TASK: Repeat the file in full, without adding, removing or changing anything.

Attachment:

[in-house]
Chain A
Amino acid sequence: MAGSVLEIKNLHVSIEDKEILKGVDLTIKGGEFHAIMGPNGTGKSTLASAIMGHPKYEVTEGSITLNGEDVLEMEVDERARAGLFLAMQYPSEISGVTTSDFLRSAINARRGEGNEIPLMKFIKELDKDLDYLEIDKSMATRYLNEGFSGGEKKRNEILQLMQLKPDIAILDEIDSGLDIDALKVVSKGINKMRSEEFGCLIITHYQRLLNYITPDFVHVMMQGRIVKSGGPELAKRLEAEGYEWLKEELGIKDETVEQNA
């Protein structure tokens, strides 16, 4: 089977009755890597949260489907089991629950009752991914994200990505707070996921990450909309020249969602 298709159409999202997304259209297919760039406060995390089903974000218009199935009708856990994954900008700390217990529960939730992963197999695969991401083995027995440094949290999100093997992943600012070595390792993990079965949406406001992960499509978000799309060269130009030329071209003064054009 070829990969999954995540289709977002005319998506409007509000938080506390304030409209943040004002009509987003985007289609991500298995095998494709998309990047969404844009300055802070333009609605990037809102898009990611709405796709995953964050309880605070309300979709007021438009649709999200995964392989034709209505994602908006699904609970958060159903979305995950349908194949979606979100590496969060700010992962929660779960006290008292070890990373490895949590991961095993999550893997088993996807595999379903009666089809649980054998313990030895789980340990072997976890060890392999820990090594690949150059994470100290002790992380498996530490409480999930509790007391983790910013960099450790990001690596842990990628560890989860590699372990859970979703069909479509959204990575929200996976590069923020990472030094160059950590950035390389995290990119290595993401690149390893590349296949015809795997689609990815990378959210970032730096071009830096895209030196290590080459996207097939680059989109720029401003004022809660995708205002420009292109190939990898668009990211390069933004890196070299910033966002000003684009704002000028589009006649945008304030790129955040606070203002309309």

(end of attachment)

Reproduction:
[in-house]
Chain A
Amino acid sequence: MAGSVLEIKNLHVSIEDKEILKGVDLTIKGGEFHAIMGPNGTGKSTLASAIMGHPKYEVTEGSITLNGEDVLEMEVDERARAGLFLAMQYPSEISGVTTSDFLRSAINARRGEGNEIPLMKFIKELDKDLDYLEIDKSMATRYLNEGFSGGEKKRNEILQLMQLKPDIAILDEIDSGLDIDALKVVSKGINKMRSEEFGCLIITHYQRLLNYITPDFVHVMMQGRIVKSGGPELAKRLEAEGYEWLKEELGIKDETVEQNA
């Protein structure tokens, strides 16, 4: 089977009755890597949260489907089991629950009752991914994200990505707070996921990450909309020249969602 298709159409999202997304259209297919760039406060995390089903974000218009199935009708856990994954900008700390217990529960939730992963197999695969991401083995027995440094949290999100093997992943600012070595390792993990079965949406406001992960499509978000799309060269130009030329071209003064054009 070829990969999954995540289709977002005319998506409007509000938080506390304030409209943040004002009509987003985007289609991500298995095998494709998309990047969404844009300055802070333009609605990037809102898009990611709405796709995953964050309880605070309300979709007021438009649709999200995964392989034709209505994602908006699904609970958060159903979305995950349908194949979606979100590496969060700010992962929660779960006290008292070890990373490895949590991961095993999550893997088993996807595999379903009666089809649980054998313990030895789980340990072997976890060890392999820990090594690949150059994470100290002790992380498996530490409480999930509790007391983790910013960099450790990001690596842990990628560890989860590699372990859970979703069909479509959204990575929200996976590069923020990472030094160059950590950035390389995290990119290595993401690149390893590349296949015809795997689609990815990378959210970032730096071009830096895209030196290590080459996207097939680059989109720029401003004022809660995708205002420009292109190939990898668009990211390069933004890196070299910033966002000003684009704002000028589009006649945008304030790129955040606070203002309309």